Again, well before the filing, figure out how to get the company’s story in front of reporters and communicators who would be interested. And don’t think it’s just national publications like the Wall Street Journal that matter: Industry trade publications, bloggers, and industry and Wall Street analysts can also help raise the company’s profile.
8) IPO day is not the end of communications. In fact, the IPO is a new beginning of communicating to the entirely new audience of potential investors. Take advantage of the quiet period to plan the debut of this newly public company. Figure out what messages you’re going to communicate, and anticipate how the public relations work you’re doing will complement the official reports and statements the company will have to make.
9) Continue to be careful about what the company says publicly. Limitations on information the company releases — through official as well as unofficial sources — don’t end with the quiet period. After the company goes public, employees have no right to material information before other stakeholders or investors. Make certain all employees understand the rules! Have internal policies in effect well before the IPO that explain how to handle material information and avoid insider trading.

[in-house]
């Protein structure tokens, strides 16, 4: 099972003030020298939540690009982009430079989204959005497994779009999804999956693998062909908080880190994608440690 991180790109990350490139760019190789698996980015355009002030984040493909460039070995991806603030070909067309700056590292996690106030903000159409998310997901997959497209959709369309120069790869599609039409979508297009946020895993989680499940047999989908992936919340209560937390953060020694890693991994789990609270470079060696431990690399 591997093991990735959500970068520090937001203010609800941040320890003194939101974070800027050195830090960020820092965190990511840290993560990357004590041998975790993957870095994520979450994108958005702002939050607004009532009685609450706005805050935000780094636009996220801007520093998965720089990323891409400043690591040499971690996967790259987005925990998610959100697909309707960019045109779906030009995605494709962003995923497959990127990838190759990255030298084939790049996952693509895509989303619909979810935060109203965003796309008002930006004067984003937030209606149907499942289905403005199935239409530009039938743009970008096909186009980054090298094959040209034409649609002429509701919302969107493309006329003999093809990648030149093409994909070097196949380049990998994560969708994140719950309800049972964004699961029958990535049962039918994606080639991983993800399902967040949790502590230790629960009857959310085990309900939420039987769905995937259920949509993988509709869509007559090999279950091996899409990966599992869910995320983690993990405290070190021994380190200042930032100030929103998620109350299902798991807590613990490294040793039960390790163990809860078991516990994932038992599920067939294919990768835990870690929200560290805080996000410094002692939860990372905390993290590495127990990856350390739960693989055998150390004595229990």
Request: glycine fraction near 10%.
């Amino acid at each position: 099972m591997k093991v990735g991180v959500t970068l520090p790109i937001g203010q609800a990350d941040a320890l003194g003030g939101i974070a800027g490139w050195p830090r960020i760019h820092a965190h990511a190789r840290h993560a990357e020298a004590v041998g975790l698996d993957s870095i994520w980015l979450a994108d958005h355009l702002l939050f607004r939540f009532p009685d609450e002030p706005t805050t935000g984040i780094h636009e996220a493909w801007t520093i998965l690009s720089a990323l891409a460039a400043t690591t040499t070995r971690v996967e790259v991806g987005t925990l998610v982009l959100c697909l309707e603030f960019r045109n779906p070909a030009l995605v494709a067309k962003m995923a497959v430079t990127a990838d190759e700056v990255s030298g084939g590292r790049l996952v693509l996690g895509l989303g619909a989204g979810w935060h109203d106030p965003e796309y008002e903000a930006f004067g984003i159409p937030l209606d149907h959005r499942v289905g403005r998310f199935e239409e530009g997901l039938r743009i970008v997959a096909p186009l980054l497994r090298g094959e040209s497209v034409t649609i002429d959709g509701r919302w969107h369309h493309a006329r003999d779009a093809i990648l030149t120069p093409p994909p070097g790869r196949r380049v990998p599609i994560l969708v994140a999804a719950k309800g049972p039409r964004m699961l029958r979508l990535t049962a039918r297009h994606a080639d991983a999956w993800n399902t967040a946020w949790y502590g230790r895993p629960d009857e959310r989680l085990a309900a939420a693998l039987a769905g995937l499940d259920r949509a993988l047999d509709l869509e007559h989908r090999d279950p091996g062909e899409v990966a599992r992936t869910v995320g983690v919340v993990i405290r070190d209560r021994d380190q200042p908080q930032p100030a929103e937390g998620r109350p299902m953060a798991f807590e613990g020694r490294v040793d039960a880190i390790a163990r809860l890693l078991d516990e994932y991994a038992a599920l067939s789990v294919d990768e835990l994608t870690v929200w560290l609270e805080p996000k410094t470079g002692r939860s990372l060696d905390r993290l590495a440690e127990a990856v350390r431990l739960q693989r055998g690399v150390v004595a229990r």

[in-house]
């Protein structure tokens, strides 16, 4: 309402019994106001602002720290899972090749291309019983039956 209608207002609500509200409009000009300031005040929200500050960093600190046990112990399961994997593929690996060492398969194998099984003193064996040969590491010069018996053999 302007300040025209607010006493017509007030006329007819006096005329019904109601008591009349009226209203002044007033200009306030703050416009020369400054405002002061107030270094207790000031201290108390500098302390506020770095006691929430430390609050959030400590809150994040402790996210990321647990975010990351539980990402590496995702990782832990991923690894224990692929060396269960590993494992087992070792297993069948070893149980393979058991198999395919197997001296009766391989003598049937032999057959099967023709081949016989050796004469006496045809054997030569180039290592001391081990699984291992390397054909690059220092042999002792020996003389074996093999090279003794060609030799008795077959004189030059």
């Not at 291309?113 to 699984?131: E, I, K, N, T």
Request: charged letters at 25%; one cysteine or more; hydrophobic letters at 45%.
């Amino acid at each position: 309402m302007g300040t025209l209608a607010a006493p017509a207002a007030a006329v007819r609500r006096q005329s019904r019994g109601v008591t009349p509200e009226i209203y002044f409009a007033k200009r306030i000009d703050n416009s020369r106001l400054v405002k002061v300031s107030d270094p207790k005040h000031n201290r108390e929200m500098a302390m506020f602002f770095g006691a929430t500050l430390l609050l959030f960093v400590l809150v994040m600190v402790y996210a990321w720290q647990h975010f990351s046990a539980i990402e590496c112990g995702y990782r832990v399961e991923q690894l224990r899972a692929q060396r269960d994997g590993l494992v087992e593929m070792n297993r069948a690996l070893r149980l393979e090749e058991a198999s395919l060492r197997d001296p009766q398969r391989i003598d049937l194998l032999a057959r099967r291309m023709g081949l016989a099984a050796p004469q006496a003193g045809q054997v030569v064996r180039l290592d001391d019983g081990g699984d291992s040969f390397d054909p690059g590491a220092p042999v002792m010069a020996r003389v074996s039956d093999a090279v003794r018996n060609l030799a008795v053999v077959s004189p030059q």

Also, don’t forget that social media is another way your company communicates. Investors and regulators will be watching what the company posts and tweets. So make sure the legal teams and investor relations advisors are involved with your social media strategy, so the company doesn’t violate disclosure requirements.
10) Help maintain the company’s reputation. Investors aren’t just looking for a good story, they want a stable company that will give them a return on their money. The first nine months of being public will prove to Wall Street whether you can properly forecast your future in a way that’s useful to investors. Stick with that schedule of communications you established before the IPO, and focus on accurate, realistic projections about the company’s performance. It’s easier for the company to keep its good reputation than to have to rebuild it.
11) Watch how other companies are handling things. Understand what’s routine inside and outside the company’s industry, to figure out what other companies are communicating and how often. Investors will have expectations based on what other companies are doing, and it’s worth picking up the best ideas and practices that are out there. Use this to inform your strategy, from before the quiet period right up through the business’s successful life as a publicly traded company.